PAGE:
Sensex@20K. What's in a number?
The Sensex may be back at 20,000 but we're very far from recovering the animal spirits that were up the first time. Somehow, hitting a round number is less and less exciting when it's not the first time.india Updated: Jan 20, 2013 21:25 IST
The Sensex may be back at 20,000 but we're very far from recovering the animal spirits that were up the first time. Somehow, hitting a round number is less and less exciting when it's not the first time.
The Sensex has crossed 20,000 for the third time, at least if you count crossings in the upward direction, those being the ones that cause any excitement.
There was a time when the arrival of each round number of the Sensex would result in giant headlines and added euphoria. With each passing round number, the elation became less marked.
There's an arithmetic justification to this. The move from 2,000 to 3,000 was a 50% gain, but from 9,000 to 10,000 just 10% and from 19,000 to 20,000 just 5%, equivalent to gains made from 2,850 to 3,000. The next round number that anyone should actually show any excitement about is probably 30,000. And that's probably a fair way off.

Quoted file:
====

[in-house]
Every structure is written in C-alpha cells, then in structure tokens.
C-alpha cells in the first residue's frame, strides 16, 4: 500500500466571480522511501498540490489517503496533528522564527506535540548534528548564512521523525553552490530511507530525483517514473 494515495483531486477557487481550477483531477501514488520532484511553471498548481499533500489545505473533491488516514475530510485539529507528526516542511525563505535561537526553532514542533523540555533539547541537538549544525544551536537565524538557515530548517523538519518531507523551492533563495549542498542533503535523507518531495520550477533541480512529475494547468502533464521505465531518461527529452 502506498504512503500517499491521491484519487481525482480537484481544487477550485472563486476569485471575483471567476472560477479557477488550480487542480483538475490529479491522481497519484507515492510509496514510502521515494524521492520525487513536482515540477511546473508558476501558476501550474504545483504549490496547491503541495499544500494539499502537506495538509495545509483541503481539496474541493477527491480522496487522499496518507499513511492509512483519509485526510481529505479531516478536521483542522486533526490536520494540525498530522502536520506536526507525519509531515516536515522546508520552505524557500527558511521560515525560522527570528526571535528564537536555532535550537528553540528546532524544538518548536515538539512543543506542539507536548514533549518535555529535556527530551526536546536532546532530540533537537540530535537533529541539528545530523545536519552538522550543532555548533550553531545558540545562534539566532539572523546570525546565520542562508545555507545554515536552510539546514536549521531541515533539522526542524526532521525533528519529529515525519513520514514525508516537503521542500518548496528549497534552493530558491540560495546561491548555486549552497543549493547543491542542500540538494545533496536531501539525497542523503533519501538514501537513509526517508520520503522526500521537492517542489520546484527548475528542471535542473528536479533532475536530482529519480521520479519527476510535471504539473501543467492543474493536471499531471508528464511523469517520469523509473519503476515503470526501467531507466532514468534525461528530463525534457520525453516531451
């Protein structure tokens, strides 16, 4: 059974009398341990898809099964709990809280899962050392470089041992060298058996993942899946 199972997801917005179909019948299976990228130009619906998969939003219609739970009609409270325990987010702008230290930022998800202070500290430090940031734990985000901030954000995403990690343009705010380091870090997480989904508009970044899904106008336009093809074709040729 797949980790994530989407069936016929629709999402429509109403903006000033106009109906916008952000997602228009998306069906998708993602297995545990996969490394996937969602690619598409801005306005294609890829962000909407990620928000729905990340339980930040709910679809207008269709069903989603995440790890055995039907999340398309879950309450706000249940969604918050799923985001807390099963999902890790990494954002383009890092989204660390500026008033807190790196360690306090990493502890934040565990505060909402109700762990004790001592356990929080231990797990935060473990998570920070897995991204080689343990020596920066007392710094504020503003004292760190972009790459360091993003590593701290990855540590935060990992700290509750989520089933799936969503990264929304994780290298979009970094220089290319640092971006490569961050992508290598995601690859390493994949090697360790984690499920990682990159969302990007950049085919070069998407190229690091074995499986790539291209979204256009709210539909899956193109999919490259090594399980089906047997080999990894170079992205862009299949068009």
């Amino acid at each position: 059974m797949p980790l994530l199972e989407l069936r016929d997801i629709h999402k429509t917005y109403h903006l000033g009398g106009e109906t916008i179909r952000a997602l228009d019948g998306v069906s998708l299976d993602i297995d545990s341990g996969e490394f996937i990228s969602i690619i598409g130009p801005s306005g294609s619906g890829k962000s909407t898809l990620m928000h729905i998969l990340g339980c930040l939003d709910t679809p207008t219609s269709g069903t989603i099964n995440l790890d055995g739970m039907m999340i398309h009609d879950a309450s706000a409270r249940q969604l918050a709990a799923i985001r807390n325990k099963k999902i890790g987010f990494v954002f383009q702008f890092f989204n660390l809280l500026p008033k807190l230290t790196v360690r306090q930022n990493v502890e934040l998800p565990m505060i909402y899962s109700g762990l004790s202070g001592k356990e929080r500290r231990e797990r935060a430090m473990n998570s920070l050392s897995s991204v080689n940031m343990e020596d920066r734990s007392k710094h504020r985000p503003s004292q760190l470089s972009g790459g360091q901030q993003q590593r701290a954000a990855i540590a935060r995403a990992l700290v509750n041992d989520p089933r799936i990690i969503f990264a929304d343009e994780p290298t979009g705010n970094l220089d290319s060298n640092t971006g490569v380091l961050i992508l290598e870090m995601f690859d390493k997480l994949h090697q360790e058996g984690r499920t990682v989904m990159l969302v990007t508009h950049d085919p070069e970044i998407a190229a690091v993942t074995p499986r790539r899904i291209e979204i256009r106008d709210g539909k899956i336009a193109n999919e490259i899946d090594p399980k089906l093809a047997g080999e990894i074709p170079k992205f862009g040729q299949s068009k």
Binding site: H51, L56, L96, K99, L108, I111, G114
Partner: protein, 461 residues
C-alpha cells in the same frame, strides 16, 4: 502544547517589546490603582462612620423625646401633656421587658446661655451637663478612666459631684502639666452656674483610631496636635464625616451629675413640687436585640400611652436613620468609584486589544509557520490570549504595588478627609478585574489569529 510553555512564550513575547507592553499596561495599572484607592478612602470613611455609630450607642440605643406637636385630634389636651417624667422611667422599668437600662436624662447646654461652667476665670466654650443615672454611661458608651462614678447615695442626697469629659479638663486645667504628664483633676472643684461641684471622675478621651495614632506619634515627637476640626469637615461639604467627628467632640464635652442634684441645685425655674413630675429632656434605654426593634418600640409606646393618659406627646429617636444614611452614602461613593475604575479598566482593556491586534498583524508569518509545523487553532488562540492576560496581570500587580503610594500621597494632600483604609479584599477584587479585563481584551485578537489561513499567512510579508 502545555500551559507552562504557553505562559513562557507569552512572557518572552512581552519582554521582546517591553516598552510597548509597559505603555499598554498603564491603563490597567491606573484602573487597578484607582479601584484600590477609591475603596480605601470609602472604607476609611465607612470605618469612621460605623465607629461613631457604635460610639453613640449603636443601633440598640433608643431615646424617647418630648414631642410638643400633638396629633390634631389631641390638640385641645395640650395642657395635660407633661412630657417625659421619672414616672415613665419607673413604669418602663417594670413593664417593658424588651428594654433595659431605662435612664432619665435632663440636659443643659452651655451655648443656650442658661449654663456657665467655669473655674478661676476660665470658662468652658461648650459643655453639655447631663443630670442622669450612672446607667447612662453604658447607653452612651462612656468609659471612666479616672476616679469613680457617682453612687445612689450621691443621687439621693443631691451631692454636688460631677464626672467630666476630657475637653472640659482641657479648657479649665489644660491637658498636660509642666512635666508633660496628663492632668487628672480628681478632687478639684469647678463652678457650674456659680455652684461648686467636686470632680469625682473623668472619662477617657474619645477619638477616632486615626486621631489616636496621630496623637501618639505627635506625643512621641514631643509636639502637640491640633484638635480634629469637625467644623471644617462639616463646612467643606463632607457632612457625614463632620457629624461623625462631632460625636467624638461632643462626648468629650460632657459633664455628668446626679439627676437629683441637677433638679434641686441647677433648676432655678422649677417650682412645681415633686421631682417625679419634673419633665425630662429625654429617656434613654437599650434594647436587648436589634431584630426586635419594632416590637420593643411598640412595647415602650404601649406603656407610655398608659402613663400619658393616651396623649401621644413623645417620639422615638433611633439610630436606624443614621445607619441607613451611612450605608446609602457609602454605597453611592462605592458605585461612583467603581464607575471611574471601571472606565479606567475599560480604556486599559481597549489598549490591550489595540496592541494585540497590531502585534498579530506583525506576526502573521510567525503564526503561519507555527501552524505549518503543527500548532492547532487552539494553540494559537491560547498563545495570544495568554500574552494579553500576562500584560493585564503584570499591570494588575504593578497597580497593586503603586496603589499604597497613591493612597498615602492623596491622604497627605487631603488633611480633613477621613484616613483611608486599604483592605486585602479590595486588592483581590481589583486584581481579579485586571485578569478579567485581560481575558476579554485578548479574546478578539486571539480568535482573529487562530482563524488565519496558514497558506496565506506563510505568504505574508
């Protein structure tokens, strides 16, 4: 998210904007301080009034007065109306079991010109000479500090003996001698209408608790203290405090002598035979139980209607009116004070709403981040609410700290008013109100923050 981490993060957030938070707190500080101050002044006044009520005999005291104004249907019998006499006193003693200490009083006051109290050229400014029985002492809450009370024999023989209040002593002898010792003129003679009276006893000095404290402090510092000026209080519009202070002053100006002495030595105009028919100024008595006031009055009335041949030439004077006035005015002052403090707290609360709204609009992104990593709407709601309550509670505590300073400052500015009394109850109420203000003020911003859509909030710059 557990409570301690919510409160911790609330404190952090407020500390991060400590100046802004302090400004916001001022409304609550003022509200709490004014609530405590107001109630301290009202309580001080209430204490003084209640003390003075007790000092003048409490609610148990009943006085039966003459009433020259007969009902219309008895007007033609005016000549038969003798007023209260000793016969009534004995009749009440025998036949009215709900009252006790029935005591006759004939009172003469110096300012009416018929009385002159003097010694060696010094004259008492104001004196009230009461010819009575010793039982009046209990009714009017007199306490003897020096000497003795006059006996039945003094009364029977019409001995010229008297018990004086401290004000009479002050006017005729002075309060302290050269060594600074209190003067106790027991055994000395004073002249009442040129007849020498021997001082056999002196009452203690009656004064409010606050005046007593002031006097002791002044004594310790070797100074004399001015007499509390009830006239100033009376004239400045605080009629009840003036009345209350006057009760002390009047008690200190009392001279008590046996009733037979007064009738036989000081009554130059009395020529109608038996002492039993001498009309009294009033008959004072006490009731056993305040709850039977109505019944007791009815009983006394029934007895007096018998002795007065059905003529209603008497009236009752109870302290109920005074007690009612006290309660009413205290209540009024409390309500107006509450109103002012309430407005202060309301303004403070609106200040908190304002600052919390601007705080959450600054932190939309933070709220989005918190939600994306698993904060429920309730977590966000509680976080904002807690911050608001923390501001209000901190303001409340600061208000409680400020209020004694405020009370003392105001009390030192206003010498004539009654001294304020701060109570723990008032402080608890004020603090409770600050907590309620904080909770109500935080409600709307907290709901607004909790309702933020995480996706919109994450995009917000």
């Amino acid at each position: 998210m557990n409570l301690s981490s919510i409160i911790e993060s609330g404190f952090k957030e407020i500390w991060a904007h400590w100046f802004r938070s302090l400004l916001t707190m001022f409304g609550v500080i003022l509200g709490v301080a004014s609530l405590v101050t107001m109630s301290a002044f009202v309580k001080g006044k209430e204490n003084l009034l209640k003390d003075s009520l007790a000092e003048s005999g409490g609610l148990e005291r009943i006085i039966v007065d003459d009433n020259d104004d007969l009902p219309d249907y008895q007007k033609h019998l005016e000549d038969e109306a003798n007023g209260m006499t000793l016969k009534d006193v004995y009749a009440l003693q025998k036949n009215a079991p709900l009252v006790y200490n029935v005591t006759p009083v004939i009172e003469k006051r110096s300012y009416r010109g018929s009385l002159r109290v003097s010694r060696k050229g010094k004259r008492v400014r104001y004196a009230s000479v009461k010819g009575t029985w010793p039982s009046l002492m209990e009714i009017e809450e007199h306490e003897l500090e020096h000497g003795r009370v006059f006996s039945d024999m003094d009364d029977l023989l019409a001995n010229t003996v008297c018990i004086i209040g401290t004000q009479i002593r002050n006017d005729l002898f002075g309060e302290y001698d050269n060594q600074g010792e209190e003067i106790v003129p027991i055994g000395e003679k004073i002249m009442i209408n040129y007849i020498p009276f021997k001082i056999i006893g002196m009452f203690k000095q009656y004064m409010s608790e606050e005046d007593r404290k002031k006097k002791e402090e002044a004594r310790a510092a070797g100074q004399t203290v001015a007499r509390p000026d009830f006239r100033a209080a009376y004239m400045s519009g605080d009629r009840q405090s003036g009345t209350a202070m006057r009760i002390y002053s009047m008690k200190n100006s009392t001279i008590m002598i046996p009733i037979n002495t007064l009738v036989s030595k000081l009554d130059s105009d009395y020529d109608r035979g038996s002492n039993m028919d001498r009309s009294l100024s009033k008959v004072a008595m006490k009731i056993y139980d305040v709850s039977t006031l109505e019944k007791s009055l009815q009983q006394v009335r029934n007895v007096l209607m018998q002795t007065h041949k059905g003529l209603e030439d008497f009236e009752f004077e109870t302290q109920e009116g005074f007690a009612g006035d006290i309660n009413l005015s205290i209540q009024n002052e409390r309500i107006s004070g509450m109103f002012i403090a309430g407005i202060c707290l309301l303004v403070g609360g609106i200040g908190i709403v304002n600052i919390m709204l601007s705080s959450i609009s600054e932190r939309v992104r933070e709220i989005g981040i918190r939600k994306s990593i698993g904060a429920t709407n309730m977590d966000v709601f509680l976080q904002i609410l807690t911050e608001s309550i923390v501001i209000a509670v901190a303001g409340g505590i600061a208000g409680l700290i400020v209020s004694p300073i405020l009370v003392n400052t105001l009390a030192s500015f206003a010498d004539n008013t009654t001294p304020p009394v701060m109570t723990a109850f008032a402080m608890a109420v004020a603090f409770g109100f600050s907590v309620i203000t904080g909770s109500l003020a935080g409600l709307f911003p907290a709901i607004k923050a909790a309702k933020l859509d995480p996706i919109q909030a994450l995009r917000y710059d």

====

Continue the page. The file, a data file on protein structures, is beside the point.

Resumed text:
Still, the focus on round numbers does detract from the fact that the one single number of an index doesn't even begin to capture everything that has happened to investors and their investments.
For one, it's not the same index any more - especially in terms of the weightages. Investors who were heavily invested in realty or infrastructure or telecom are very far from gaining there 20,000 back.
In sharp contrast, financial services and some technology leaders are well on the way to their 30 or even 40,000. And of course, the foreigners are nowhere near a recovery too. In US dollar terms, the Sensex is around 15,000 for them.
The biggest difference from the index's first visit to 20,000 is the utter absence of the huge number of excited retail investors. Despite whatever recovery or gains people's investments may have made, the animal spirits are not back, something that's hardly surprising.
In terms of where the investing Indian thought the economy, the markets and his investments were going, it all seems a very distant dream.